Photo courtesy of The University of Michigan Stadium Story

After earning four gold medals and setting three Olympic Records, he returned home to great parades and great praise, but within months was unable to find work. "I came back to my native country and I couldn't ride in the front of the bus. I had to go to the back door. I couldn't live where I wanted..." quoted Owens. He left college prior to his senior year so that he would be able to provide more support for his family. He turned to be a professional runner. He ran a series of entertainment races against horses, cars, and motorcycles. All the while he was looking for other means of work. He was at one point a partner of a dry cleaning company but nothing seemed to provide him with a reliable income. In 1950, he moved from Cleveland to Chicago and began working with children as a director of the South Side Boys Club. He gave speeches, along with other celebrities such as the Harlem Globetrotters, on the Goodwill Tours in America. In the early 70's he published two books, Blackthink and I Have Changed. Owens was invited to the White House to honor his Olympic accomplishments by President Gerald Ford, receiving a Presidential Medal of Freedom, forty years after the fact. Two years later in 1979, President Jimmy Carter awarded him with a Living Legend Award. Jesse Owens died on March 31, 1980 due to lung cancer. Ten years later in 1990, he was awarded a Congressional Gold Medal by President George H.W. Bush.

As the son of a sharecropper and the grandchild of a slave, he had a lot to overcome. He worked hard his entire life to reach greatness. He was much more than a record setting athlete. He avidly opposed segregation and racism, and serves as a blatant example of how America failed to treat all as equals. He persevered through to achieve greatness beyond most people's hopes and dreams. Jesse Owens once said, "Any black who strives to achieve in this country should think in terms of not only himself but also how he can reach down and grab another black child and pull him to the top of the mountain where he is." This quote is reflected in his everyday attitude of his own life. He would never go to the top and leave others behind, for example not taking off to college until he made sure his family would be able do without his financial support. He helped children in the Southside Club, and made every effort to use his accomplishments to better the world for others. That is why Jesse Owens is my hero.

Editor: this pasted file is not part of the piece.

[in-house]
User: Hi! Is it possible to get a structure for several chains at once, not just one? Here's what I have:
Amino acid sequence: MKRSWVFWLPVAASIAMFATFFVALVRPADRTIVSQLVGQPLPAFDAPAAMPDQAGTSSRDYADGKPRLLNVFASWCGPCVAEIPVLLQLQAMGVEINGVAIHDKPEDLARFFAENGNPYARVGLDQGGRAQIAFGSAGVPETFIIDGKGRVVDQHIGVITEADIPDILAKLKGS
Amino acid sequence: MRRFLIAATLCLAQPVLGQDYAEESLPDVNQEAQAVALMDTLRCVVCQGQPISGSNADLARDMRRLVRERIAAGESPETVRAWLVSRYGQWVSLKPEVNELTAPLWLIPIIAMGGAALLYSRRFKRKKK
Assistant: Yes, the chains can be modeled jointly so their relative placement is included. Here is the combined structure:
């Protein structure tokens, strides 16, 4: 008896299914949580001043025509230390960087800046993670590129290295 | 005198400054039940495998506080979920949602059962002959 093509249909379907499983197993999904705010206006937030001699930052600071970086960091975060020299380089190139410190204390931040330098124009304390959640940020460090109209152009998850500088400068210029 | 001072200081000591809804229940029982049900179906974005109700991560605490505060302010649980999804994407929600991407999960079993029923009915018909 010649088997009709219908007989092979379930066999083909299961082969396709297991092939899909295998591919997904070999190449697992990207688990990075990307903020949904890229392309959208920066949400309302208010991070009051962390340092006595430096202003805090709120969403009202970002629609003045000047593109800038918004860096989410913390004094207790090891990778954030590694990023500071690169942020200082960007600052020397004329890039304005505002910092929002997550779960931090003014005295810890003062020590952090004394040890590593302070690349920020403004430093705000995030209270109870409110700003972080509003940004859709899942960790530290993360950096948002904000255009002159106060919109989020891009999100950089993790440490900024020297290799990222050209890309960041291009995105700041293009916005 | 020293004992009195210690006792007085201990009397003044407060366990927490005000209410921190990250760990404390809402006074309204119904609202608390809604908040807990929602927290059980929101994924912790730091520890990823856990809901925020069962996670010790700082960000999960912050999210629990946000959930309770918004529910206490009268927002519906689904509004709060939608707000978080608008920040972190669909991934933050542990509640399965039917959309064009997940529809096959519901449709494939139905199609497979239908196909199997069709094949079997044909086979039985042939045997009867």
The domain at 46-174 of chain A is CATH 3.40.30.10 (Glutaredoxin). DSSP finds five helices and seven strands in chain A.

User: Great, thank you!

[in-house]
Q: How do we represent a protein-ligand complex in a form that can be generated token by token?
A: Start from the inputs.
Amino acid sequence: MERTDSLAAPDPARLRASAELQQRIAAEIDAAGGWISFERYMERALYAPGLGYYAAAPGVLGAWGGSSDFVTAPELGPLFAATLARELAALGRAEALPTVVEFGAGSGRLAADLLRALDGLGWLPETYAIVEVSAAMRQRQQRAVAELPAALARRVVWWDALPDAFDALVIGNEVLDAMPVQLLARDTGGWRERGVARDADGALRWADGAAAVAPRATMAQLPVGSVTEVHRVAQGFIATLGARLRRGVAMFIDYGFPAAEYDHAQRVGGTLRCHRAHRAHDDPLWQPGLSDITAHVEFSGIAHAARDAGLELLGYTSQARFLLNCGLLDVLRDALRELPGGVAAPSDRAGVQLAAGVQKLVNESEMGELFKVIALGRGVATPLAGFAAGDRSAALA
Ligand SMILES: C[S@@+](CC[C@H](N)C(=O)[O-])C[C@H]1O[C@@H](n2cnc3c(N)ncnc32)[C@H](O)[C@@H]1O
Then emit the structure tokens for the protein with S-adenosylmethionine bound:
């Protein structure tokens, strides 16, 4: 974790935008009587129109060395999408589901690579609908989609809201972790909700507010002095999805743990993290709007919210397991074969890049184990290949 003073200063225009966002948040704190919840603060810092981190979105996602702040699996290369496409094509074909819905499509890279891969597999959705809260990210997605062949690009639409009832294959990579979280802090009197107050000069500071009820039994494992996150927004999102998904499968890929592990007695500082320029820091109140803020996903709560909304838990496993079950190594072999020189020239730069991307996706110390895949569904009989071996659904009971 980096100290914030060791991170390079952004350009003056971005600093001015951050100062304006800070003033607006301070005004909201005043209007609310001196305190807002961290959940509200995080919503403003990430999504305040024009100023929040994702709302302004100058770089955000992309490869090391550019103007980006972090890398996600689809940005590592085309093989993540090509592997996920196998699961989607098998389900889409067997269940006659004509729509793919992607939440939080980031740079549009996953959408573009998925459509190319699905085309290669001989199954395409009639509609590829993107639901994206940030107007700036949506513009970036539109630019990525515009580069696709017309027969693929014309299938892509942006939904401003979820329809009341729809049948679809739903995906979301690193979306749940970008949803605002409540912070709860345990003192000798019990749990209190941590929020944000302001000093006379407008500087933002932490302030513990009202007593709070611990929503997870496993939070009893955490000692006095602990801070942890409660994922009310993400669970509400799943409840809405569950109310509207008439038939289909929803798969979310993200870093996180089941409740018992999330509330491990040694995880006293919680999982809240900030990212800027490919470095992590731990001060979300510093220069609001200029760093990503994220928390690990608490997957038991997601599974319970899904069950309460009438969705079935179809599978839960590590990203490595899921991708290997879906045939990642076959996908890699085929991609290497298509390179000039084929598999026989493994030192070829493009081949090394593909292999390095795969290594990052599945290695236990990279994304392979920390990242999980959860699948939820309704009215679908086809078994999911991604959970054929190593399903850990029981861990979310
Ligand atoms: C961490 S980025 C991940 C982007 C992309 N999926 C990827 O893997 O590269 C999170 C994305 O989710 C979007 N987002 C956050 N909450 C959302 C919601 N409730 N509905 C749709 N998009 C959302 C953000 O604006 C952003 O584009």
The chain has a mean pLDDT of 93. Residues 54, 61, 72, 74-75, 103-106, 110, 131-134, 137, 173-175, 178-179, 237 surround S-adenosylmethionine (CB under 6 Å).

Written by Brett from Fredericksburg
Last changed on: 1/30/2009 1:28:01 PM

The Jesse Owens Museum details the life and times of this hero.

Jesse Owens Foundation encourages young people by sharing the story of Jesse Owens.


Triumph: The Untold Story of Jesse Owens and Hitler''s Olympics
by Jeremy Schaap
suggest a book crate your own hero page